1. Define what leadership means for your agency. Given your agency’s current mission, future mission and goals, and history, you may need more emphasis on some specific leadership behaviors than others. Many Federal leadership competencies already exist and can serve as a good starting point for discussions on what your agency needs to focus on. Many clients we’ve worked with have incorporated the process of identifying mission-critical leadership competencies into a few of their regular planning sessions. Others have convened a cross-section of employees to narrow down the competencies in one long planning session. Regardless of the process, ending up with a set of 8-10 mission-critical leadership competencies is a good starting point.
  2. Measure the competencies. Top management generally has a good sense of where the agency as a whole is stronger and where it needs improvement. But they often don’t know how it breaks down from there. Conducting a leadership competency assessment is a way to get more detailed information on different parts of the agency. This information can be used to create a workforce development plan that is data-driven. In addition, a leadership competency assessment can be a valuable tool for supervisors to understand their team’s leadership skills and for employees to understand exactly where they can improve.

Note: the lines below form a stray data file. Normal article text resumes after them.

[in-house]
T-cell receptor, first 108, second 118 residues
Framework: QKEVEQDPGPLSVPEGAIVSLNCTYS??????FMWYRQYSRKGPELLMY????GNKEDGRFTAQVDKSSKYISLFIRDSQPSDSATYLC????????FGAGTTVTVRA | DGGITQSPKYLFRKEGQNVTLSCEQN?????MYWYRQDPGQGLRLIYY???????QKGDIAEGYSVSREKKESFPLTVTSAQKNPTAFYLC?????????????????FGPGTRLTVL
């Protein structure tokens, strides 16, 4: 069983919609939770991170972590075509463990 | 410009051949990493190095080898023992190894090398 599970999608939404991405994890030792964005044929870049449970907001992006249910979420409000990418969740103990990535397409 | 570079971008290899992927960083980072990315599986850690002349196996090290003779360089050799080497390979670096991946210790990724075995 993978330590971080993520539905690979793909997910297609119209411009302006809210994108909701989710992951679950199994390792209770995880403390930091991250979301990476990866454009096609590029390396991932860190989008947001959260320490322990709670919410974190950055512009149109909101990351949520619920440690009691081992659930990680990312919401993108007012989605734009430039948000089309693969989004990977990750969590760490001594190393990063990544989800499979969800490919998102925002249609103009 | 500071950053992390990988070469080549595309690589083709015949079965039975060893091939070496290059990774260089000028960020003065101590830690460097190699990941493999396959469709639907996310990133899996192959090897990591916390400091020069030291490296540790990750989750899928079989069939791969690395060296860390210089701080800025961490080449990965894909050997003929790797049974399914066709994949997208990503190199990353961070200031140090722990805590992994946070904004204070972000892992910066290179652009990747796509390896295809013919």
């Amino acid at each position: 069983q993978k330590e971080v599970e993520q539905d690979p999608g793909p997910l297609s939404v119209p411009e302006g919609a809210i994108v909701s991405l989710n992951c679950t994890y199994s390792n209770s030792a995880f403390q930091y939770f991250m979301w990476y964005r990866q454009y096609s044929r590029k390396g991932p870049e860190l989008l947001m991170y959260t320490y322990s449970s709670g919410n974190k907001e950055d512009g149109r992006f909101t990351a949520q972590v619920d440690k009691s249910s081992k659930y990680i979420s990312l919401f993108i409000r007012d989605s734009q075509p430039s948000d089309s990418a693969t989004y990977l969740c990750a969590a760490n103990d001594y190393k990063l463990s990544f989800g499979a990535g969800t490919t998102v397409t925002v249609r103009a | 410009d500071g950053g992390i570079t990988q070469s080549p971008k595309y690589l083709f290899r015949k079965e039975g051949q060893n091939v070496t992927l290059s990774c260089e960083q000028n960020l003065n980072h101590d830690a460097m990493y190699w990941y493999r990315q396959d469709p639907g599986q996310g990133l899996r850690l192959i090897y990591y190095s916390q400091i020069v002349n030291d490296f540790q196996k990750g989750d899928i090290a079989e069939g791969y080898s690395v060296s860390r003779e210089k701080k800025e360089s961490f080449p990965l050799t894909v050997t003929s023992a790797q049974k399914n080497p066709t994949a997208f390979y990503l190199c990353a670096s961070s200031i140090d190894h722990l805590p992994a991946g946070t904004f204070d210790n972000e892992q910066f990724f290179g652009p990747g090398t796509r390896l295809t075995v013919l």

3. Plan an integrated approach to improving leadership competencies, along with other factors (e.g., shared organizational values, the availability of resources to do the work) that are known to improve engagement. Developing shared values, communicating, going for quick wins. Monica Linhardt of the Partnership for Public Service gives an example of a State Department employee who made a suggestion for showers in the basement of the headquarters building for employees to use after jogging at lunchtime. This change reflects shared organizational values of work-life fit and also of listening to and acting on employee feedback. The showers were installed, positively impacting work-life fit and therefore engagement.